Why Do Cactus Needles Hurt

Cactus needles can cause immense pain when trespassing on the skin. Prickles lodge inside the epidermis and cause irritation, inflammation, and even infection in some cases. However, why do cactus needles hurt so much?

The answer lies in the unique design of cactus spines — they’re curved backward like fish hooks. This means their tip remains embedded in the skin after puncture instead of falling out easily. It also applies more force into a smaller area allowing for deeper penetration.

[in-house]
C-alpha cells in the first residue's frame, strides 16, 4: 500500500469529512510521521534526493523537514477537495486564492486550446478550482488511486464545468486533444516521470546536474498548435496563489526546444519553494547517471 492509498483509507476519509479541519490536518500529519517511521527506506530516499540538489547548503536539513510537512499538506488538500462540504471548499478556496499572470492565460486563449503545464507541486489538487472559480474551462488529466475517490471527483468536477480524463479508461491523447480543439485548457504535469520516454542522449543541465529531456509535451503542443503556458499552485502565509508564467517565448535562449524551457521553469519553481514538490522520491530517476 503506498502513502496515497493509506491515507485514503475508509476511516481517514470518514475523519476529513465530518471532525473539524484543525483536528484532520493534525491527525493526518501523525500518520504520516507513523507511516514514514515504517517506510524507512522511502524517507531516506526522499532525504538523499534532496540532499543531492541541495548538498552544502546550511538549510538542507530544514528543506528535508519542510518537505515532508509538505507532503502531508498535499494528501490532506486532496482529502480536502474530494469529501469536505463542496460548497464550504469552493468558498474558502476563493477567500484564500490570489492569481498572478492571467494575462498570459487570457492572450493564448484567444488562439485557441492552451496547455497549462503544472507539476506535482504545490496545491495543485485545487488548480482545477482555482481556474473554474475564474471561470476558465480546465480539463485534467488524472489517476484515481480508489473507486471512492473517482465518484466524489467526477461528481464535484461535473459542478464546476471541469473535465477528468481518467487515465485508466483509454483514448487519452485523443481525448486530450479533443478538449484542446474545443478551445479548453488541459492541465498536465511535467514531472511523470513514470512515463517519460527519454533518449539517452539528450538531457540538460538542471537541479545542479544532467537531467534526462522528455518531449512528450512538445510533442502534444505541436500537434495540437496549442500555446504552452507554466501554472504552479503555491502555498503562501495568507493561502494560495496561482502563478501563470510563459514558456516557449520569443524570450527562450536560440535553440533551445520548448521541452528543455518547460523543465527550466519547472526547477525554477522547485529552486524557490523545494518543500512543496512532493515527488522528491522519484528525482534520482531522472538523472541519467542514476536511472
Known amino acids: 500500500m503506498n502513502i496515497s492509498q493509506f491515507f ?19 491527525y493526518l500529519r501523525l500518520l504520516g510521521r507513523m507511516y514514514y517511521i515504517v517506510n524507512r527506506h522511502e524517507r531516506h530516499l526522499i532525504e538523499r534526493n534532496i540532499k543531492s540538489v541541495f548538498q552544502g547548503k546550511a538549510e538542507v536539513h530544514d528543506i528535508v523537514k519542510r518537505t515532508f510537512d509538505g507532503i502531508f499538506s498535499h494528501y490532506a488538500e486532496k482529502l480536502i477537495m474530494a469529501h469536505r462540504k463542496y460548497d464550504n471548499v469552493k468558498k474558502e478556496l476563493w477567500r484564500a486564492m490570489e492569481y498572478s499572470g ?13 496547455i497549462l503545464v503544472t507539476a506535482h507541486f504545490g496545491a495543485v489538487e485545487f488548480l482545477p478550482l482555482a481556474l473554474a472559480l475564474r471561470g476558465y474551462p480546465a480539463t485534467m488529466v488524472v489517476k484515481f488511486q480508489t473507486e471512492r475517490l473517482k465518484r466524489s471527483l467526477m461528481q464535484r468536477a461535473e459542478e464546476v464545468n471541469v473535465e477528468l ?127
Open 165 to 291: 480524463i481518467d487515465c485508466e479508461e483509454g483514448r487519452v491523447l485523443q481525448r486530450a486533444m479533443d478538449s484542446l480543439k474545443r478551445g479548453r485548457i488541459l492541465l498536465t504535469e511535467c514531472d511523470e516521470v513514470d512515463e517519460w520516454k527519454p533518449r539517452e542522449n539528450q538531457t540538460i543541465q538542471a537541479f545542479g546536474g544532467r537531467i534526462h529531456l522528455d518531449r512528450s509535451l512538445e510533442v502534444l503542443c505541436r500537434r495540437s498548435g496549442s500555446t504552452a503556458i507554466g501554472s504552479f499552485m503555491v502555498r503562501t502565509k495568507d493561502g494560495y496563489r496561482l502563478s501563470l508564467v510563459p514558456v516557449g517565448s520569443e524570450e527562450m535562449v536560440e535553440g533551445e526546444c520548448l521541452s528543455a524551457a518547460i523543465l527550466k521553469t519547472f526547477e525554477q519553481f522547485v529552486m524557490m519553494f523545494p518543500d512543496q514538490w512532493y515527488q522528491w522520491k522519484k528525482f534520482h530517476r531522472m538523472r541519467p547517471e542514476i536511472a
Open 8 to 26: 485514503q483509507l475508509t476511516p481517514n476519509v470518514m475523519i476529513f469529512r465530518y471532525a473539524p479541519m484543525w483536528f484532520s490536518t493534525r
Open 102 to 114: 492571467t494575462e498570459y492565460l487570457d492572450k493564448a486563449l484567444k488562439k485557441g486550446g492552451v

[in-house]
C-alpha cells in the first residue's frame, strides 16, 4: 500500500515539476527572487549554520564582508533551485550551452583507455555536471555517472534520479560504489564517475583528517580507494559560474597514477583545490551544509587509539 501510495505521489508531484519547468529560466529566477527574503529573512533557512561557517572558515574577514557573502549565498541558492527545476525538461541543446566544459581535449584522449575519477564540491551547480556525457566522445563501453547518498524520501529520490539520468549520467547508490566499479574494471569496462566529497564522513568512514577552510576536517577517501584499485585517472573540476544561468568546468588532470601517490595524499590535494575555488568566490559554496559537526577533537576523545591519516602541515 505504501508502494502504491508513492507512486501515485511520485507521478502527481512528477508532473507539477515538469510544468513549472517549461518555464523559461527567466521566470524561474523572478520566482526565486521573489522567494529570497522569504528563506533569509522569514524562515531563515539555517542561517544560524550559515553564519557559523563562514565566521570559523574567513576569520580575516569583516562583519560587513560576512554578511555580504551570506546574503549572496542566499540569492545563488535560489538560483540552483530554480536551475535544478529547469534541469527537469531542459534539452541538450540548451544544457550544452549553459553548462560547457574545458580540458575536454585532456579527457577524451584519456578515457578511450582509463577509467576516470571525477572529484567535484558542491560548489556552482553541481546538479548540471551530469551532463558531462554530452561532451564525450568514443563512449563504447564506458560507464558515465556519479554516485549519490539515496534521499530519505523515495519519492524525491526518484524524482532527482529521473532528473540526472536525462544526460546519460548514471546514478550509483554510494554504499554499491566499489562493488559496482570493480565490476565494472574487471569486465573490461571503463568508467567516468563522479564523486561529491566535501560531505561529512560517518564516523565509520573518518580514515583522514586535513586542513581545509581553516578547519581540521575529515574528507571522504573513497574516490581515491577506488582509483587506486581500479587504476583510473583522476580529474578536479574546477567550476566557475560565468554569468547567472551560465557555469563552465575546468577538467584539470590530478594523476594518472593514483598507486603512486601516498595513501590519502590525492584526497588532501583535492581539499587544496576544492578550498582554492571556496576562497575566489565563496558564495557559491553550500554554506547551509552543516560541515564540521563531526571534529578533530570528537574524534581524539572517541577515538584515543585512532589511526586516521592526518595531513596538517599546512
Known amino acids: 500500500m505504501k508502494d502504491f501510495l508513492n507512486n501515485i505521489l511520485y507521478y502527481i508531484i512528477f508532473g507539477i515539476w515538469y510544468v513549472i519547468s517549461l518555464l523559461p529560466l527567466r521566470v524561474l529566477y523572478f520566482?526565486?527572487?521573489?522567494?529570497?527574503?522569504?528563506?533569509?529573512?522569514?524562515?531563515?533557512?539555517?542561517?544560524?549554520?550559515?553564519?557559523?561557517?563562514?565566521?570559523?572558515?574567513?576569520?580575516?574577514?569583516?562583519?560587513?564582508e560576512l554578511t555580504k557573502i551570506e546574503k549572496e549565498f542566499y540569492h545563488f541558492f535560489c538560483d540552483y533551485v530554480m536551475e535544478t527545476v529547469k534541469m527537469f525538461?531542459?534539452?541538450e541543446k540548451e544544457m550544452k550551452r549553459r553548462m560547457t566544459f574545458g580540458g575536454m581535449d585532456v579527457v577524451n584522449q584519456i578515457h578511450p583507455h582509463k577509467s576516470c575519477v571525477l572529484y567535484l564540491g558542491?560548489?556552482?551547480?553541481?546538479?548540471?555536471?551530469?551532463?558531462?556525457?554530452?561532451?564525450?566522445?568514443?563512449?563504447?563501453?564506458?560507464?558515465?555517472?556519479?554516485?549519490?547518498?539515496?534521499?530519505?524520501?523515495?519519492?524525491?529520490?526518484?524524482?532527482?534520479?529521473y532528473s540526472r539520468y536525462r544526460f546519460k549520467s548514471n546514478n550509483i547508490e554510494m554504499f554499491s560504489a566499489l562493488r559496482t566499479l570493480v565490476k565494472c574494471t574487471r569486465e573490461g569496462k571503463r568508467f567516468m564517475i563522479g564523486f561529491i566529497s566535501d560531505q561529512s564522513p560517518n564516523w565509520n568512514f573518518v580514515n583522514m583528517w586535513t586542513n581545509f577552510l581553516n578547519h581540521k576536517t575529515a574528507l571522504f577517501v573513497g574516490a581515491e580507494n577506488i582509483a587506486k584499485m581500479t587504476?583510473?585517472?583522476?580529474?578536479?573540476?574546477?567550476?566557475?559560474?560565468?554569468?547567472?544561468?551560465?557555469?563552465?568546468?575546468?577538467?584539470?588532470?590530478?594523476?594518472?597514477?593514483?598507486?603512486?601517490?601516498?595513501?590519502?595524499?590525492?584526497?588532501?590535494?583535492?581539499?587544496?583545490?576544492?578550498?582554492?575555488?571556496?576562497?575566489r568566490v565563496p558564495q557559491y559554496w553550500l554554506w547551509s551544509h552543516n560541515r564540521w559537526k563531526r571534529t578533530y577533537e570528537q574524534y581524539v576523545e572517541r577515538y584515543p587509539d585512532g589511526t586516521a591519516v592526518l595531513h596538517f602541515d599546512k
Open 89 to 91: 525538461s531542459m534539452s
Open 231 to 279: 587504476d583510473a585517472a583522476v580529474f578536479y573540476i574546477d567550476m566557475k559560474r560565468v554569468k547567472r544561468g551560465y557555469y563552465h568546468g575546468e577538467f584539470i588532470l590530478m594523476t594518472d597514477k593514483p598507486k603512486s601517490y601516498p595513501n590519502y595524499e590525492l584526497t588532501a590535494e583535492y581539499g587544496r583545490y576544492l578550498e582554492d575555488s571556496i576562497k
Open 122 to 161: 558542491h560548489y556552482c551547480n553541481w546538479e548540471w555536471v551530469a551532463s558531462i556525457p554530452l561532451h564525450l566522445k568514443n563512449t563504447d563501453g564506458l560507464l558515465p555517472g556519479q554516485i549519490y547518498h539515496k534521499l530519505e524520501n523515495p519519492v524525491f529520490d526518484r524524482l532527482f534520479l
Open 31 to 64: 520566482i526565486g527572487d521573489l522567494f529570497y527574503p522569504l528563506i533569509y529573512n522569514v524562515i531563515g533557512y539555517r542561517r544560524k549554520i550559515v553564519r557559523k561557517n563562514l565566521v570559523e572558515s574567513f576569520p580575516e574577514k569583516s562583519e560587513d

Plus, many types of cacti, like those from the Opuntia genus, have barbed prickles that further hinder extraction. The external layer is water-resistant to trap moisture and stop it from evaporating, with hydrophobic waxes designed to repel prey or predators looking for a tasty snack.

Finally, there’s an additional layer of invisible hardness made from cellulose bonded by calcified material, which is both rigid and springy; in other words, perfect for puncturing skin! The result? Cacti arms act as little land mines ready to blow up at any time!

Cacti prickles may only be tiny, but they’re built for maximum ouch-factor – especially if you come into contact with one unprepared!

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